WAR ON WESTERN GRAZING RETURNS TO FEDERAL COURT
by William Perry Pendley
October 1, 2010
In 1992, when Clinton ran for president, environmental groups made clear their objective once he entered the Oval Office. “Cattle Free in ’93,” they cried, demanding that Clinton vacate the 18,000 grazing permits and leases held by western ranchers on nearly 160 million acres across the American West, notwithstanding that livestock grazing on those lands has been a part of the West since the late 1830s when Texas cowboys drove their herds north.
In those early days, livestock roamed freely; fences were nonexistent. Then, in 1934, the Taylor Grazing Act—enacted to remedy overgrazing and soil damage, but also “to stabilize the livestock industry dependent upon the public range”—gave agencies authority to manage federal lands, create grazing districts, and issue grazing permits subject to “payment annually of reasonable fees” as “fixed or determined from time to time.” The increased environmental consciousness of the 1970s did not alter Congress’s view of grazing on federal lands; in fact, the Federal Land Policy and Management Act of 1976 (FLPMA) assured the ability of ranchers with grazing allotments to stay in business by requiring “equitable” and “reasonable” fees.
In 1978, with the Public Rangelands Improvement Act (PRIA), Congress supported western ranchers by requiring that fees be “equitable,” “prevent economic disruption and harm to the western livestock industry,” and consider the cost of livestock production and the ability to pay. In 1986, President Reagan ordered continued use of the PRIA formula, an Order set aside for failure to comply with the National Environmental Policy Act (NEPA). In 1988, after NEPA analysis, the Bureau of Land Management (BLM) and U.S. Forest Service issued rules to use the PRIA formula to set fees annually; the formula is used today.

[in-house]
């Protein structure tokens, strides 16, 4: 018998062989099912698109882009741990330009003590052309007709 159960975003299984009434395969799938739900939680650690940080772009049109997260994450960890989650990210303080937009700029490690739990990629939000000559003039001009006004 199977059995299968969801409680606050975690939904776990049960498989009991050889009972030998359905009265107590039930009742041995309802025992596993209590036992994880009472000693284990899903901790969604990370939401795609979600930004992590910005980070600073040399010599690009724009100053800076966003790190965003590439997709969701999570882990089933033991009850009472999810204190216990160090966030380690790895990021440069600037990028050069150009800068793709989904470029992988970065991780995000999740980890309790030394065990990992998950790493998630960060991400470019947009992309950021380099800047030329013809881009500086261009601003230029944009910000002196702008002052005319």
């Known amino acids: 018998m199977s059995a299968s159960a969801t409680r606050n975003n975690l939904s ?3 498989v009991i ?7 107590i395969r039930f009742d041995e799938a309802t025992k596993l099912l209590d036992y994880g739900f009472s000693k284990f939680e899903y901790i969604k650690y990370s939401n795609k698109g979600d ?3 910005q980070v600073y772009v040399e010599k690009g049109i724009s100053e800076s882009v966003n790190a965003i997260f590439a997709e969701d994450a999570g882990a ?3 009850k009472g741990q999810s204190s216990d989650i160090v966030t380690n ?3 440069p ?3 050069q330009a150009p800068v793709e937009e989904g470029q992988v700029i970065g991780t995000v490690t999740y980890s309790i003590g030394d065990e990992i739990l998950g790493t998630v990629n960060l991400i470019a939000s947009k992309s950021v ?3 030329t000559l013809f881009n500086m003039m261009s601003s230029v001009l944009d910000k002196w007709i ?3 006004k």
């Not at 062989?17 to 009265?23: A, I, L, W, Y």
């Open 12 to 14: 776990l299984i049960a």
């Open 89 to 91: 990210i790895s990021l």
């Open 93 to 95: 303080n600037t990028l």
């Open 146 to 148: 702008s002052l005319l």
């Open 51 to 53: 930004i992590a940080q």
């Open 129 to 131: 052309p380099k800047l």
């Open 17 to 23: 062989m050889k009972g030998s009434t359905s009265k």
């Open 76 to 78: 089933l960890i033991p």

Because the federal government owns much of the land in the West—61% of Idaho, 79% of Nevada, and 60% of Utah—and even more land in rural counties—97% of Wyoming’s Teton County—ranchers cannot exist without grazing allotments on adjacent or nearby federal lands. Moreover, these ranchers repay the “favor” because, not only do they maintain the environmental quality of those lands—where their almost daily presence does the work that thousands of bureaucrats could not do—they also seek to improve it, including, for example, by providing for water supplies, which benefits local wildlife and increases the value of the land itself. Furthermore, their nearby ranches, which preserve, unchanged, the wide open spaces that characterize the West, also provide essential winter habitat for wildlife.
Nonetheless, radical environmental groups, fixed on their utopian dream of restoring the West to “pre-settlement conditions,” demand an end to grazing. They dismiss ranchers, many who trace their presence on the land to original homesteaders, as “welfare cowboys” and blithely assert that the rural communities and counties that depend on agriculture could transition easily to a tourist economy.
The Clinton Administration’s changes to grazing rules, which imperiled western grazing, ultimately reached the U.S. Supreme Court in 2000, where they were upheld; but, as rancher Justice O’Connor pointed out, the rules had not yet been implemented; lawsuits would follow if they were. Because Bush officials did not share the Clinton team’s views on grazing, the front shifted to litigation by environmental groups to compel even more regulation of grazing, which already dangerously hobbles ranchers. Yet another lawsuit seeks Freedom of Information Act (FOIA) release of private information on all grazing permit holders. Given that the FBI regards eco-terrorism as America’s primary domestic terror threat, any such release is worrisome.
Then, in June 2010, five environmental groups filed their biggest challenge yet, a bold attempt, via NEPA and their demands for increased grazing fees, to kill western grazing. Days ago, 27 national and western groups sought to intervene in the lawsuit filed in Washington, D.C. For western ranchers and their families, the communities that depend upon them, and the wide-open landscapes that they savor and save daily, much hangs in the balance.
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